Fire & Rain

I find myself dwelling into bookstores and finding shelves of books written about “living” and “wellness” — how to find mindfulness and peace of spirit, how to hold one together once it’s found, how to survive its falling apart, how to find one again. Churches offer classes, preachers preach, teachers teach, therapists counsel about how to get and stay sane.  I eagerly dove in head first, trying for a glimpse of how these authors lived out enlightenment in a world that seems so exclusively to celebrate the outwardly, that sees insight- or inwardness as tragic. In search of a rich perspective on the seekers life, I embarked on a learning tour of the work and lives of writers, yogis, artists, teachers and gurus. I hoped to learn what they had to teach about the dignity and challenge of such living amid a barrage of technology that is hell-bent on ensuring that we are never, ever alone with our thoughts.

I wanted to consider those who seek solitude as essential threads in the human weave — figures in the carpet — outcasts and loonies without whom the social fabric would be threadbare, impoverished. I wanted to rethink my understanding of solace and of seekers and seers, of those who live in reverence or who dedicated much of their time to the task of endeavouring the loneliest corners of their spirit.

Fast forward many years into a dedicated practice – of Ashtanga Yoga -, and I find a writing on a digital wall that reads “ I practice because there’s so much pain inside”. For the first time in my life, I had found the most honest description of what I’ve tried to answer countless times, whenever I was questioned on why did I practiced yoga, and the only words I could spit out were “this is a practice of Love”, ad nauseum. No doubt a very fortunate cliché, in my case always accompanied with a stomach twist and a familiar discomfort.

The suffering at such times can be great, you know? But it is somehow comforting to learn, even through suffering, how large and powerful love is. I would latter modify the above paragraph by substituting “especially” for “even” — for how else do we learn the dimensions and power of love except through suffering? Living amid the culture’s obsession with fleeting passion, the seeker and seer exists — let us not deny it — in a state of continual suffering, which is to say, in a continual opening to the possibility and grandeur of love.

So, I practiced. And I read and I learned and I studied and I continued to practice. Silently. In solitude. Even group practices were – are! – very lonesome, breath being the sound fixture and reminder of the presence of bodies in journeys of their own.

To define a solitary person as someone who is antisocial— to define solitude as the absence of togetherness — is like defining silence as the absence of noise. Solitude and silence are positive gestures. This is why Buddhists say that we can learn what we need to know by sitting on a cushion. This is why I believe that you can learn what you need to know from the silent, solitary discipline of practicing yoga, inward seeking, and the discipline of the soul. This is why I believe this to be the key to saving us from ourselves.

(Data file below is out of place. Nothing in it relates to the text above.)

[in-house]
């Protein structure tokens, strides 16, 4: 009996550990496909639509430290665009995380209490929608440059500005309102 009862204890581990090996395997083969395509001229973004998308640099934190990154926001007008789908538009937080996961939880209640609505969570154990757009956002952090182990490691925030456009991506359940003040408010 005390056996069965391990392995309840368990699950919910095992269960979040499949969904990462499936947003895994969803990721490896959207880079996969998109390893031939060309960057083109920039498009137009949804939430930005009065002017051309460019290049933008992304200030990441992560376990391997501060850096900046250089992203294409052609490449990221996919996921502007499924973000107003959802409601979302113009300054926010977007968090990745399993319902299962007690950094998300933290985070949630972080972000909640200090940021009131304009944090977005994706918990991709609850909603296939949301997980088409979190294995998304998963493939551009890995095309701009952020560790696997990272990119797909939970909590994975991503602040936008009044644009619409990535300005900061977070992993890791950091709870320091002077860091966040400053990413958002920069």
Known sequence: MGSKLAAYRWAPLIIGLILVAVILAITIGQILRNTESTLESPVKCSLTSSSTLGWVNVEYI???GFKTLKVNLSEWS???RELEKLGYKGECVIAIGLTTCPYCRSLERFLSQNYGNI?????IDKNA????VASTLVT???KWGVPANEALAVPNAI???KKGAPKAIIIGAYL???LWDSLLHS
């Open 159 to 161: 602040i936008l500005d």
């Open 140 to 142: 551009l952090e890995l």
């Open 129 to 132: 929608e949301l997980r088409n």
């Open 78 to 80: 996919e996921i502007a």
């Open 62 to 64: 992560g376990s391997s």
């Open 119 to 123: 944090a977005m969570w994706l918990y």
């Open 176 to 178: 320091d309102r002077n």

As I spent time studying these yogis, writters, artists, gurus, and as I practiced more and more under the caring hand of one – very – specific teacher, I began to experience them speaking to me, haunting me, appearing as visions, their voices urging me onward in my quest to see their hardships not as tragedy or bad luck but as an integral and necessary aspect of who they were. In their works and stories they spoke as witnesses in a great cloud around me.

I am not interested in the possibility that these seekers and seers might lead more carefree lives. My search carries not less but more responsibility toward the self, the surrounding word and the universe. For me this task imposes on its practitioners a choice between emotional atrophy and openness to the world, with all the reward and heartbreak that generosity implies.

But now we come to the nub of the question, the hub of the turning wheel of the teachings: What figure does the seeker or seer cut in the human tapestry? What is the usefulness of standing alone at one’s yoga mat and practicing, especially going through those vast seas of asana (postures)? What is the usefulness of meditation, or of prayer? What is the usefulness of the solitary journey?
I was born into a catholic family, and grew into a fierce atheist through my adolescence into adulthood. Life’s designs had showned me that there was no place for a God in my hearth. It was impossible for me to imagine that this institution of non belief that I’d created, around which I grew up, would not be a fixture of my life — but soon enough, I may not have to imagine its absence.
Does ascetic practice require bricks and mortar? In our practice, might we devise ways of supporting and disseminating ascetic virtues without shrines? Did the disappearance of the culture that built the Vedas, apauruṣeya – which means “not of a man, superhuman” – mean the disappearance of the virtues they were intended to cultivate and inspire? Surely there is a vital place in our ramped-up world for simple contemplation of what is. This was my frame of thought and belief, but destiny had other plans for me.